You use a Wii remote and a Logitech joystick hooked up to a midi interface, can you explain why you decided to incorporate that into your setup?
I had some of these things laying around, and I saw that people had been hacking them. It seemed like it would be a fun thing to experiment and mess around with, and after awhile I started using them at shows and performing with them, and for people it was kind of a cool, novel thing.
Are there any other performers live shows that you really enjoy and that have inspired you in your own live performance?
Definitely. Some of my favorite artists right now are Lucy and Donato Dozzy, who are both kind of on the more experimental end of DJing. But a lot of things that kind of inspired me initially was just going to see cool underground electronic duos, in Los Angeles especially, who were doing things like circuit bending, stuff like that. And it was cool seeing artists like that, but you didn’t see a lot of people taking that to the dance music side of things, it was always very experimental music. I kind of wanted to take some of those ideas and kind of bring it to, I guess what you would call, the more mainstream dance music scene.
If you could meet anyone dead or alive, is there anyone that you would want to meet?  Musician or non-musician?
As far as musicians, I think Brian Eno. I think he’s sort of a genius and he’s done so much for music in the last 30 years. Non musician, Steven Hawking would be pretty cool, that’d be a weird conversation haha.

Haha, definitely.  You’ve said your lyrics have a preoccupation with the ontological, based on being or existence.  Do you feel like fans connect a lot to that aspect of your music?
You know, I get a range. Some people just love the fact that I make fun, melodic dance music that they can get down to. Other people, I do find, really connect with that, and it’s cool that people can exist in both worlds. I don’t mind if people aren’t worried about the philosophy and they’re just having a good time though. I think that’s great. But also, I think it’s cool that for some people it’s really meaningful. Generally, to me, I want my lyrics to be vague enough that anyone can kind of apply their own meaning to it.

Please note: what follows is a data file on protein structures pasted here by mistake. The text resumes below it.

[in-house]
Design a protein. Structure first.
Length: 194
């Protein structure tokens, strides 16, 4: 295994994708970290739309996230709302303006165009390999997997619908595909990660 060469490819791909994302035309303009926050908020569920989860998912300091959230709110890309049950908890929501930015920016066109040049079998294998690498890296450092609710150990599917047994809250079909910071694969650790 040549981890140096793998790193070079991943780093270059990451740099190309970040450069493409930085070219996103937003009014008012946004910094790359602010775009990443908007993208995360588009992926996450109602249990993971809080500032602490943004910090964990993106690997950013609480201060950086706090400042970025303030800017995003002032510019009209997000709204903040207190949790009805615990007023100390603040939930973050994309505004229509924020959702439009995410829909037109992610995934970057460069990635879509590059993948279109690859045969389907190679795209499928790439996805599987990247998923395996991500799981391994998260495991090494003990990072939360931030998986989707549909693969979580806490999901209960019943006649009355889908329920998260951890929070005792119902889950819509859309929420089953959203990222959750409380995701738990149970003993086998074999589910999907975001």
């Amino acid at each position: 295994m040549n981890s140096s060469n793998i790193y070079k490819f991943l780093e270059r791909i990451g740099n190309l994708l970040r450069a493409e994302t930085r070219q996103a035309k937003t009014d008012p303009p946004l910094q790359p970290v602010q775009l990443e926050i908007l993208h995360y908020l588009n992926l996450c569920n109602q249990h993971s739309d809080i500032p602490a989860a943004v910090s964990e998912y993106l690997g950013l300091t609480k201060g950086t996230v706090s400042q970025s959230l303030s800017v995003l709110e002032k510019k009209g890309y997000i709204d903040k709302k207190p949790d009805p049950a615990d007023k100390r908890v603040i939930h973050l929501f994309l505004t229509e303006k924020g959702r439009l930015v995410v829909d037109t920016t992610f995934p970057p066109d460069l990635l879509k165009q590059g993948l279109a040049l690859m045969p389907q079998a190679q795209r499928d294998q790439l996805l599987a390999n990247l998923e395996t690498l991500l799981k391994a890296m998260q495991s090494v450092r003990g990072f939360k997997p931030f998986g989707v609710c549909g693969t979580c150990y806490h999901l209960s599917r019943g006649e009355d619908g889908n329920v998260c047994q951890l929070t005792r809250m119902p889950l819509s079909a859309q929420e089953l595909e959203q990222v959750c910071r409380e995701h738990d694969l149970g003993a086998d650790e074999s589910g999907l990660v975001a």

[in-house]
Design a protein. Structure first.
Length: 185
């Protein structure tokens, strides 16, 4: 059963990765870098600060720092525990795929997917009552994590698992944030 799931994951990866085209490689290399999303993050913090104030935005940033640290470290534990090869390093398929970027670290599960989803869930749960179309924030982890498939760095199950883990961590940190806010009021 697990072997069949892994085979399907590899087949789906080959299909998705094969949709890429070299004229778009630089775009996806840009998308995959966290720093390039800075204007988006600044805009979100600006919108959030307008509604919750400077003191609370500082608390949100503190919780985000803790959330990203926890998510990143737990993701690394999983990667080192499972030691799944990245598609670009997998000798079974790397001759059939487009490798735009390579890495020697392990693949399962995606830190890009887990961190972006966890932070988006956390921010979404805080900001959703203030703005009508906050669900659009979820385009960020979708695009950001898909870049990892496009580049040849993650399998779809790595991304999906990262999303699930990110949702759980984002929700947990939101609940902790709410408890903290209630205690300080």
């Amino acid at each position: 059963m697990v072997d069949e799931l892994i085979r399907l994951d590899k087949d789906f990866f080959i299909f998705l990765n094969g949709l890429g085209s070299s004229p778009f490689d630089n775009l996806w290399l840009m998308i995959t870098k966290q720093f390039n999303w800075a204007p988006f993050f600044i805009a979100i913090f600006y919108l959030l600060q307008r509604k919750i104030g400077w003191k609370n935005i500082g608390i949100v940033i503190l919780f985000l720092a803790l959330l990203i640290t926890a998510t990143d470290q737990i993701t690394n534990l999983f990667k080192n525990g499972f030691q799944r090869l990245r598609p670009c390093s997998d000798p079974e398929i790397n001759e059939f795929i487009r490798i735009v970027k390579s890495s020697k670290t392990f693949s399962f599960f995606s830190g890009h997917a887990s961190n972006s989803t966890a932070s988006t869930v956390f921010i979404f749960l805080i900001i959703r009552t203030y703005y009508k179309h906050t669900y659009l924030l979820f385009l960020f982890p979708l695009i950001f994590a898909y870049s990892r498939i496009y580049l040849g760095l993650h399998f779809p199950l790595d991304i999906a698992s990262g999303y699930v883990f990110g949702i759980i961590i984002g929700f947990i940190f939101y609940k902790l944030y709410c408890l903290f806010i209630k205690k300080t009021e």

Are there any artists that inspired you along the way?
Some of my favorite bands would be Radiohead and the Talking Heads. Growing up I think some of the bands that really influenced the way I write music, since I grew up in Seattle, right at the end of high school some of the bands that were up and coming in the industry were Death Cab, Modest Mouse, David Bazan, Jeremy Enigk, all that. I think those artists really influenced the way I write songs. I don’t necessarily listen to a lot of them anymore but I think you can kind of hear the way I write melodies, or my choice of timbre comes from those artists.
What artists would you love to tour with?
A lot of artists, haha. I think it would be a lot of fun to go on tour with an artist like Grouplove. I think they’re really fun, they put on a really fun show. We’re totally different but I think their energy is kind of a good match. I’d also love to go on tour with, this is obviously a stretch, but someone like Diplo, someone that is fun and plays crazy dance music, has a huge electronic show.
OK last question..…what’s your favorite breakfast food?
Hm, probably like a chorizo breakfast burrito. LA, you know… can’t really escape it!